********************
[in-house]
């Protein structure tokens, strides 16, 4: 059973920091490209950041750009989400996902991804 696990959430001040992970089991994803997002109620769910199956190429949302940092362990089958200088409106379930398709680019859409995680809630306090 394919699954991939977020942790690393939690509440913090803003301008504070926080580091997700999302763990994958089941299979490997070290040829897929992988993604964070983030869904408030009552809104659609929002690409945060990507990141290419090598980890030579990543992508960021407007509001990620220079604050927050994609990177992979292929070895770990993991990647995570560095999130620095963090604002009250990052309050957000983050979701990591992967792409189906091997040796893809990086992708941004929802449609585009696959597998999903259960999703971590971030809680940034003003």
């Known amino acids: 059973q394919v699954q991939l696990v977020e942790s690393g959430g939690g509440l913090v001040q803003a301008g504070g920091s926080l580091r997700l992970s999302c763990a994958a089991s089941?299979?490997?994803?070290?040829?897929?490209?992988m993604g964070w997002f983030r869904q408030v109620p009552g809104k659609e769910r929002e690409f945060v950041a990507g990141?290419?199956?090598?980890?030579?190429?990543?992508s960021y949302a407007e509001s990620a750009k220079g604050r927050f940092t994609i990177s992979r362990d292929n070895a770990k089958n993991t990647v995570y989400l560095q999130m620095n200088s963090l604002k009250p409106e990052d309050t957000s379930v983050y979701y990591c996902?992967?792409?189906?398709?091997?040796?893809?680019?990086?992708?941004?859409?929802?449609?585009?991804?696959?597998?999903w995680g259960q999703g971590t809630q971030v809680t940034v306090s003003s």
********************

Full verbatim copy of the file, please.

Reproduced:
[in-house]
């Protein structure tokens, strides 16, 4: 059973920091490209950041750009989400996902991804 696990959430001040992970089991994803997002109620769910199956190429949302940092362990089958200088409106379930398709680019859409995680809630306090 394919699954991939977020942790690393939690509440913090803003301008504070926080580091997700999302763990994958089941299979490997070290040829897929992988993604964070983030869904408030009552809104659609929002690409945060990507990141290419090598980890030579990543992508960021407007509001990620220079604050927050994609990177992979292929070895770990993991990647995570560095999130620095963090604002009250990052309050957000983050979701990591992967792409189906091997040796893809990086992708941004929802449609585009696959597998999903259960999703971590971030809680940034003003």
């Known amino acids: 059973q394919v699954q991939l696990v977020e942790s690393g959430g939690g509440l913090v001040q803003a301008g504070g920091s926080l580091r997700l992970s999302c763990a994958a089991s089941?299979?490997?994803?070290?040829?897929?490209?992988m993604g964070w997002f983030r869904q408030v109620p009552g809104k659609e769910r929002e690409f945060v950041a990507g990141?290419?199956?090598?980890?030579?190429?990543?992508s960021y949302a407007e509001s990620a750009k220079g604050r927050f940092t994609i990177s992979r362990d292929n070895a770990k089958n993991t990647v995570y989400l560095q999130m620095n200088s963090l604002k009250p409106e990052d309050t957000s379930v983050y979701y990591c996902?992967?792409?189906?398709?091997?040796?893809?680019?990086?992708?941004?859409?929802?449609?585009?991804?696959?597998?999903w995680g259960q999703g971590t809630q971030v809680t940034v306090s003003s």